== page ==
Mandy Anders seems like a pretty standard teen with a chip on her shoulder and a heavy helping of "you don't understand me, no one understands me" attitude. But when you factor in that her mother is a famous superhero—the Starfire—her angst makes a little more sense.

The latest book in DC's YA graphic novel line—I Am Not Starfire, written by Mariko Tamaki and illustrated by Yoshi Yoshitani—imagines a world in which a superhero has a completely normal daughter and said daughter wants nothing to do with her mother's career or fame.

Want to get to know Mandy and learn more about what it's like to be Starfire's daughter? Read on for a breakdown of the book.

Cover Crackdown:

I'm getting major odd couple vibes from this fantastic cover, which says a lot about how Mandy feels about being Starfire's daughter. The sneer on her face, the aggressive stance, the fact that their backs are turned to each other and it seems like Starfire has no idea she's even there. (I mean, she's literally in Starfire's shadow…) There's a lot of tension going on here. But Mandy also looks amazingly fierce, and I immediately want to get to know her better.

Tell Me a Story:

Mandy's mom doesn't know that Mandy skipped out on the SATs and isn't planning on going to college. Mandy's mom doesn't know that Mandy plans on moving to France after graduating. Mandy's mom doesn't know a lot of things, and that's mostly because she's frequently off-planet, saving the citizens of galaxy from harm. Mandy's mom is Starfire, a member of the Titans, a group of superheroes who spend most of their time doing superhero things. But Mandy, who has no superpowers and only one friend, knows that she wants nothing to do with that life.

Let’s Talk Art:

Yoshitani's art is extremely cute, even when drawing a very angsty Mandy. (Don't tell her I said so! Mandy would not appreciate me calling her cute.) I love how much color there is in this book, and the juxtaposition of Mandy's coloring—pale, dark hair, dark clothing—and Starfire's—orange skin, multicolored red hair, purple outfits—is a really brilliant way to show how "different" they are. (Even their rooms are opposites.) But the best detail Yoshitani includes throughout the book is Mandy and Starfire’s eye color. It's the same bright, iconic green. And it reveals that even though Mandy thinks she's the complete opposite of her mother (she actually calls herself the Anti-Starfire), there's something that they share.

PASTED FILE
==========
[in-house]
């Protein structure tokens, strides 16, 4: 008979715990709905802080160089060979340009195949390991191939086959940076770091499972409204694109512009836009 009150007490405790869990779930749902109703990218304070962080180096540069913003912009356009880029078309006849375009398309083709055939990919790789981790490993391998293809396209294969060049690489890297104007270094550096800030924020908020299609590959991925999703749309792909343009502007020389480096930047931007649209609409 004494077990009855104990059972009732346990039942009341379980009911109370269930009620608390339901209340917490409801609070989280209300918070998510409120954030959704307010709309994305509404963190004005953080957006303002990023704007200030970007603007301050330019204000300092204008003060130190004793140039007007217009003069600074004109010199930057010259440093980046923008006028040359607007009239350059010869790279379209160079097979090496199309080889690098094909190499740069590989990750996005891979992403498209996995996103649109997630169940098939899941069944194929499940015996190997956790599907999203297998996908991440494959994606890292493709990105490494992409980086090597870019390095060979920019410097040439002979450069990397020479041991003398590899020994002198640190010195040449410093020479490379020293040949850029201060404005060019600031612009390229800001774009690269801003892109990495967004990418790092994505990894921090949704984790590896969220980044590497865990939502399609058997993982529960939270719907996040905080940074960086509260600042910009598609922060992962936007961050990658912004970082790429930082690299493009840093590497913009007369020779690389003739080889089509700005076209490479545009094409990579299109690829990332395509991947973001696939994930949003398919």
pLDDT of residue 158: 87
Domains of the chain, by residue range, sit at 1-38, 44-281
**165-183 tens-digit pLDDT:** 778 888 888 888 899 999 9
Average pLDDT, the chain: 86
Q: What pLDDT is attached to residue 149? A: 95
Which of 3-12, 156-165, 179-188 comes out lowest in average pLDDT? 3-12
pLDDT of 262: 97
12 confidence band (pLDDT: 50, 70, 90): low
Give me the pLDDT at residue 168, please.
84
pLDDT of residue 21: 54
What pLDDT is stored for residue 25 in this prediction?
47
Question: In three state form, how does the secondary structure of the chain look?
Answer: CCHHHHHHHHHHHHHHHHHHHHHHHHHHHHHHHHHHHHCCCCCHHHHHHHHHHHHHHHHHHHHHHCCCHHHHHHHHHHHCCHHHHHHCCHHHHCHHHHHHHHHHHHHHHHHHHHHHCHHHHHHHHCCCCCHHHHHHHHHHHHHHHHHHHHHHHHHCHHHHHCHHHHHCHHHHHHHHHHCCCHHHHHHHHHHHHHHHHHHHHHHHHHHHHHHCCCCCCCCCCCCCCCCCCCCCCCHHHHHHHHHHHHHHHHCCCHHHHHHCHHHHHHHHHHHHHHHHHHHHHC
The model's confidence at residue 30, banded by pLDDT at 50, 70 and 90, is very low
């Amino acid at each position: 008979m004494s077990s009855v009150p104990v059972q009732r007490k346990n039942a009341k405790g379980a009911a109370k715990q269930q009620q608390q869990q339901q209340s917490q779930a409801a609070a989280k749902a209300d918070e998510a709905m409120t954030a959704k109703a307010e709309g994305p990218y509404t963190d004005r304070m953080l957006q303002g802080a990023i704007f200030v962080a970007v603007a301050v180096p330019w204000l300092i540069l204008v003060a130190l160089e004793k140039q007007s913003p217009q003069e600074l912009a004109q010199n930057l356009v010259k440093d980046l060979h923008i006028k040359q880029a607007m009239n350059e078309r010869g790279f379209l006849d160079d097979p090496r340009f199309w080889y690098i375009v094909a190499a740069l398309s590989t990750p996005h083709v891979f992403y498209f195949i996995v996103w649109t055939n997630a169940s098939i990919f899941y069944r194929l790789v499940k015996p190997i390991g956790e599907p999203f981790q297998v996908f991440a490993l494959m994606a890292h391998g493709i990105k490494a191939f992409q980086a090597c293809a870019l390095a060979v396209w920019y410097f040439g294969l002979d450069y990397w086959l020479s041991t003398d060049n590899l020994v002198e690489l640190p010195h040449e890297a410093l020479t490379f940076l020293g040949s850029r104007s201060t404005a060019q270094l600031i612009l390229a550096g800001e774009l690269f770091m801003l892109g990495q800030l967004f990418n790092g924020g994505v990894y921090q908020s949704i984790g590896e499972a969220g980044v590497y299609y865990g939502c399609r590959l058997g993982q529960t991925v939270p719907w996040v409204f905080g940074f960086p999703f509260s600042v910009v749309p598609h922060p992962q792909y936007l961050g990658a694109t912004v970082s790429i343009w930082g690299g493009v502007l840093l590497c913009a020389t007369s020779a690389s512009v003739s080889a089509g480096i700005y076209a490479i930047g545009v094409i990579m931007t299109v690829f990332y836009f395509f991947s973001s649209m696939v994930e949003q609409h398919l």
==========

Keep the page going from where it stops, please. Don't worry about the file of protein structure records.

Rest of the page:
Dialog Discussion:

Having once been a chubby teen girl named Mandy, I connected immediately with this book. I wasn't nearly as angsty as this Mandy, however, nor am I the daughter of a superhero. But Tamaki's depiction of a teenage girl who's going through things is all-too-relatable. Mandy is smart, but not overly so, and the other teens she crosses paths with are sometimes terrible and sometimes great, which is true for most teenagers I know. (There are even text messages filled with misspellings and text speak, which adds to the accuracy.)

And as someone who watches Teen Titans Go!—we watch a ton of cartoons in our house—I love how Starfire throws in some extra “the’s” now and then.

Perfect Food Pairing:

There are two items of food that stood out in this book: "Tamaran-style" spaghetti and meatballs (hot dogs and noodles) and a triple-cream, triple-shot chai with cocoa and mint. I don't think I want to eat or drink either of them, but they're a perfect "this is super weird, but also might be unexpectedly good together?" combination to explain Starfire and Mandy's relationship.

Favorite Teen Titan:

Although Mandy would adamantly deny it (for most of the book), and likely say that Raven was her favorite Titan—they do have a similar aesthetic—Starfire is definitely her favorite. They have a strained relationship and they definitely don't understand each other that well, but in spite of all that, they obviously love each other. And by the end of the book, they're on a much better path. One that will likely lead to Mandy admitting it to both herself and her mother.

What Would You Most Like to Ask?:

If I had the opportunity to have a sit-down with I Am Not Starfire and ask it a question, I'd love to know what advice it might have for other teens who are having difficulties connecting with their parents and how teens can use the book's message that it often takes time to get to know your real self as a way to overcome some of their own issues. 'Cause I certainly could have used that advice as an actual teen myself!

I Am Not Starfire by Mariko Tamaki and Yoshi Yoshitani is now available in bookstores, comic shops, libraries and as a digital graphic novel.

When Mandy Curtis isn’t reading books by Leigh Bardugo or Sarah J. Maas, she’s dreaming of busting bad guys with Wonder Woman—if Steve Trevor’s there, too, she won’t complain—and writing about YA fiction and pop culture at Forever Young Adult. Follow her on Twitter at @mandyannecurtis.

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NOTE: The views and opinions expressed in this feature are solely those of Mandy Curtis and do not necessarily reflect those of DC Entertainment or Warner Bros.